Harold Meyerson

Harold Meyerson is the executive editor of The American Prospect and a columnist for The Washington Post. His email is hmeyerson@prospect.org

Recent Articles

The Gross Oversight in the Fed's Decision to Raise Interest Rates

AP Photo/Susan Walsh
AP Photo/Susan Walsh Federal Reserve Chair Janet Yellen closes her notebook after holding a news conference in Washington, Wednesday, December 16, 2015, following an announcement that the Federal Reserve raised its key interest rate by quarter-point, heralding higher lending rates in an economy much sturdier than the one the Fed helped rescue in 2008. This article originally appeared at The Washington Post . T he Federal Reserve’s decision Wednesday to raise interest rates for the first time since 2006 highlights a glaring weakness of conventional economic analysis: its failure to understand the role that power plays in shaping the economy. By all the usual metrics, wages should be bounding upward now that unemployment has been reduced to 5 percent and 13 million jobs have been added to the economy since the depths of the Great Recession. It’s to counter the inflationary pressures that such wage increases would engender that the Fed finally decided to hike rates. The only problem with...

Frank Sinatra, America's Definitive Voice

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AP Photo Frank Sinatra is shown on May 21, 1950. This article originally appeared at The Washington Post . W hen it comes to the birth of American geniuses, 1915 was a very good year. This year marks the centenary of Orson Welles , Arthur Miller , Saul Bellow and, on Saturday, the guy who gave eternal life to the Great American Songbook— Frank Sinatra . Bellow and Sinatra also have something in common more important and remarkable than their birth year, their affinity for fedoras, their decades-long political drift from left to right and their tempestuous personal lives. It wasn’t until 1953 that each found his voice. “ The Adventures of Augie March ,” the Bellow novel published that year, marks the real beginning of Bellow’s distinctive contribution to literature. What “Augie” had that Bellow’s previous writing lacked was a voice new to American letters: serious, wiseass, street-smart, discursive, digressive—a New York intellectual and racetrack tout rolled into one. Bellow’s voice—...

How Hillary Clinton Can Shake the One Charge That Sticks to Her

AP Photo/Jim Cole
AP Photo/Jim Cole Democratic presidential candidate Hillary Clinton speaks to employees during a tour and campaign stop at WH Bagshaw, a fifth-generation family-owned business Thursday, December 3, 2015, in Nashua, New Hampshire. This article originally appeared at The Washington Post . H illary Clinton comes under lots of attacks. Most of the charges leveled at the former secretary of state range from the far-fetched (her alleged complicity in the Benghazi tragedy, for instance ) to the hard-to-discern-what-the-issue-is (her “ damn emails ”). However, the one line of attack that is substantial, and that she’s had the most trouble dispelling, is her closeness to Wall Street . Many of the economic policies of her husband’s presidency—the repeal of the Glass-Steagall Act, the refusal to regulate derivatives—were formulated by top aides who’d spent their lives on Wall Street, who were instrumental in the explosive growth of the financial sector, and who were trusted consiglieres to both...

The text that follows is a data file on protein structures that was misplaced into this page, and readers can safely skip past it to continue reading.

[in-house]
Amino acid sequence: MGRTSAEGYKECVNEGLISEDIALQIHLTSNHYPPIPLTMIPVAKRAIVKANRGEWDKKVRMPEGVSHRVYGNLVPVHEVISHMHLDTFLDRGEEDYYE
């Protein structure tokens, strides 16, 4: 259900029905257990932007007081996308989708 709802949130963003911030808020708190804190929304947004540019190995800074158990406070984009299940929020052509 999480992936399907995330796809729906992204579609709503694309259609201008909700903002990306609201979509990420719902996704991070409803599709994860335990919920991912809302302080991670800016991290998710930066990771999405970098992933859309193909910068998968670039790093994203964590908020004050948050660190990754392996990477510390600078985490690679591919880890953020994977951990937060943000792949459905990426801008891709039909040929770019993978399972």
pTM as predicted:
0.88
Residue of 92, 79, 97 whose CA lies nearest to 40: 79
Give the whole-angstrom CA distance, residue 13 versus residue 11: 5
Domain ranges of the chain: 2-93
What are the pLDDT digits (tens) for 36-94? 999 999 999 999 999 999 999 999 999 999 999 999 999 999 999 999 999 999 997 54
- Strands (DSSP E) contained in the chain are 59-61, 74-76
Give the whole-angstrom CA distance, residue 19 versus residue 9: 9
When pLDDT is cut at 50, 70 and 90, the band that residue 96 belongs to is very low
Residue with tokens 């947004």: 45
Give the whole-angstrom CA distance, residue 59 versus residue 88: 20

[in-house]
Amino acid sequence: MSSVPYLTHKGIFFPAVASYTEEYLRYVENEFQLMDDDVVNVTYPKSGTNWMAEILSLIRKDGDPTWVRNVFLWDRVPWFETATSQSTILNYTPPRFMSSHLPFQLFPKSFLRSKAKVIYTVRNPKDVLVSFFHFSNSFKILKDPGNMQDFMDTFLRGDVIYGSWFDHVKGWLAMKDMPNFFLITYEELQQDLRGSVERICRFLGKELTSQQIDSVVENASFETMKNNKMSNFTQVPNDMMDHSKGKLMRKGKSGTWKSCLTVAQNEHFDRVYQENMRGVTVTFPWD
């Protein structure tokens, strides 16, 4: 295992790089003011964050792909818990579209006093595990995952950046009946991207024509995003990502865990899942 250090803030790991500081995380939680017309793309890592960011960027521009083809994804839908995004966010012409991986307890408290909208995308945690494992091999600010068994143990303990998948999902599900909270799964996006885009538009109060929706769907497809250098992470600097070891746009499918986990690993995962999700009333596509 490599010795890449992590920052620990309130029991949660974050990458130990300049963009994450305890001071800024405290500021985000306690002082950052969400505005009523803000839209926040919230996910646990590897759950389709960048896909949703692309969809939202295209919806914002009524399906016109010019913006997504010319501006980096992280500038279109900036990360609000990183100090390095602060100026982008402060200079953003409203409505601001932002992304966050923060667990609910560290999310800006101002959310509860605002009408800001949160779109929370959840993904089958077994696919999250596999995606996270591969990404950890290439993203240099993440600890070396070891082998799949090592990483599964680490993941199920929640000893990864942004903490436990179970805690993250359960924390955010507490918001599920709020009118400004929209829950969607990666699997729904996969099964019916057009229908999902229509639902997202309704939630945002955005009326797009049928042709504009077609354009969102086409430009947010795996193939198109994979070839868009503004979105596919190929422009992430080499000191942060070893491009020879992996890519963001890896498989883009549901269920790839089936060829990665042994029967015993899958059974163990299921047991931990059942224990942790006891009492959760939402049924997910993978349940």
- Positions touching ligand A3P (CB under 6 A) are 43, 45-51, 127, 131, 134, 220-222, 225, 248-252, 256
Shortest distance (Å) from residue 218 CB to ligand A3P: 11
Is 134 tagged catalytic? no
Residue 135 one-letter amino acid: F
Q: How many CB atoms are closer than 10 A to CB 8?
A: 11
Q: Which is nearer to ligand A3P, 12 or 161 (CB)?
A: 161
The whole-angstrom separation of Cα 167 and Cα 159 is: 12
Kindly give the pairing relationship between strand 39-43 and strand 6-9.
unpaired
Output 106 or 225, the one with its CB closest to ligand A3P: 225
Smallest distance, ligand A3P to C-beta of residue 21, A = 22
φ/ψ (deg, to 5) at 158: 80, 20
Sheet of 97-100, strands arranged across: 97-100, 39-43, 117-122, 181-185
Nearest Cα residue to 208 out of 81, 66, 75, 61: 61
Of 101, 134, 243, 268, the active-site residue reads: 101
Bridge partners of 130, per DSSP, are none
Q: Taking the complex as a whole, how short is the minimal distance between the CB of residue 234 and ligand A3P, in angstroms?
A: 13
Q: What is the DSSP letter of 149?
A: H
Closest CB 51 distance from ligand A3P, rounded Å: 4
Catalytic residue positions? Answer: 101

Americans See a Government Of, By, and For the Rich

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Miker/Shutterstock An unidentified participant in a Occupy Minnesota protest holds up "I'm am the 99%" sign on October 29, 2011 in Minneapolis. This article originally appeared at The Washington Post . A t first glance—and second, and third—Americans look to be marching off in two diametrically opposed directions. On immigration, Democrats and Republicans could not have more contrasting views; cities, which have become distinctly progressive bastions, are enacting a host of liberal ordinances, while the substantial number of states under Republican rule are moving well to the right of the GOP orthodoxy of just five years ago; and the federal government, its power divided between the two parties, has frozen into inaction. Most polling tends to confirm this view of the United States as a house divided. But a new survey of our compatriots’ beliefs from the Public Religion Research Institute (PRRI) , which queried a far larger number of respondents than typical polls, has unearthed one...

Bernie Defines Socialism

AP Photo/Carolyn Kaster
AP Photo/Carolyn Kaster Democratic presidential candidate Senator Bernie Sanders speaks at Georgetown University in Washington, Thursday, Nov. 19, 2015. D uring the 1930s, conservatives repeatedly alleged that Franklin Roosevelt was really a socialist. Today, Bernie Sanders said they were right. In a long-awaited speech heralded as providing his definition of “democratic socialism,” the Vermont senator and Democratic presidential candidate on Thursday afternoon told a packed crowd of Georgetown University students—most of whom waited hours in a drenching rain to hear him—that by democratic socialism, he meant the economic and social principles laid down by FDR, most particularly in his 1944 State of the Union Address. In that speech, Roosevelt proclaimed that the nation needed a second, economic bill of rights. Sanders quoted the passage in which Roosevelt laid out the philosophic basis for such an expansion of rights: “True individual freedom,” Roosevelt said, “cannot exist without...

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